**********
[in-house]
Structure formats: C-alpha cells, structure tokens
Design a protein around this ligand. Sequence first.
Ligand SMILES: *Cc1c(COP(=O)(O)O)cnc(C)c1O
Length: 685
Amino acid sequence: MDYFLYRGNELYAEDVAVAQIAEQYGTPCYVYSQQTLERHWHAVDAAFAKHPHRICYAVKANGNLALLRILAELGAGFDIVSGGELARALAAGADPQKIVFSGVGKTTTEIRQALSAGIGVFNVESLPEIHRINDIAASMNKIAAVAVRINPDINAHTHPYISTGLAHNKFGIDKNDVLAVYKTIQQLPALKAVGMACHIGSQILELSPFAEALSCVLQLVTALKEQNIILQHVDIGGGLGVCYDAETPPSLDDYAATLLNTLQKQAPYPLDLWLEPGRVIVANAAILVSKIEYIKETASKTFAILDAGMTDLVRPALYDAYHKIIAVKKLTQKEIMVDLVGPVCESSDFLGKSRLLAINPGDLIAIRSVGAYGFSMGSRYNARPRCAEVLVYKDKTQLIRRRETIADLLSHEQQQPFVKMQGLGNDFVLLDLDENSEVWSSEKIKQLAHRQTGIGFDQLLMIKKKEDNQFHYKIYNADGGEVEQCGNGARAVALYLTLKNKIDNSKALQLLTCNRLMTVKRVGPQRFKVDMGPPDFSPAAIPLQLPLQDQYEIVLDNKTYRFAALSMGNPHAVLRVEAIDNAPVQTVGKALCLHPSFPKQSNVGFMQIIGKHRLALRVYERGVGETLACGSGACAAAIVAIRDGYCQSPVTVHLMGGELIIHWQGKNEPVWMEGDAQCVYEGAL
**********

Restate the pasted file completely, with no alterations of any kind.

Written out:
[in-house]
Structure formats: C-alpha cells, structure tokens
Design a protein around this ligand. Sequence first.
Ligand SMILES: *Cc1c(COP(=O)(O)O)cnc(C)c1O
Length: 685
Amino acid sequence: MDYFLYRGNELYAEDVAVAQIAEQYGTPCYVYSQQTLERHWHAVDAAFAKHPHRICYAVKANGNLALLRILAELGAGFDIVSGGELARALAAGADPQKIVFSGVGKTTTEIRQALSAGIGVFNVESLPEIHRINDIAASMNKIAAVAVRINPDINAHTHPYISTGLAHNKFGIDKNDVLAVYKTIQQLPALKAVGMACHIGSQILELSPFAEALSCVLQLVTALKEQNIILQHVDIGGGLGVCYDAETPPSLDDYAATLLNTLQKQAPYPLDLWLEPGRVIVANAAILVSKIEYIKETASKTFAILDAGMTDLVRPALYDAYHKIIAVKKLTQKEIMVDLVGPVCESSDFLGKSRLLAINPGDLIAIRSVGAYGFSMGSRYNARPRCAEVLVYKDKTQLIRRRETIADLLSHEQQQPFVKMQGLGNDFVLLDLDENSEVWSSEKIKQLAHRQTGIGFDQLLMIKKKEDNQFHYKIYNADGGEVEQCGNGARAVALYLTLKNKIDNSKALQLLTCNRLMTVKRVGPQRFKVDMGPPDFSPAAIPLQLPLQDQYEIVLDNKTYRFAALSMGNPHAVLRVEAIDNAPVQTVGKALCLHPSFPKQSNVGFMQIIGKHRLALRVYERGVGETLACGSGACAAAIVAIRDGYCQSPVTVHLMGGELIIHWQGKNEPVWMEGDAQCVYEGAL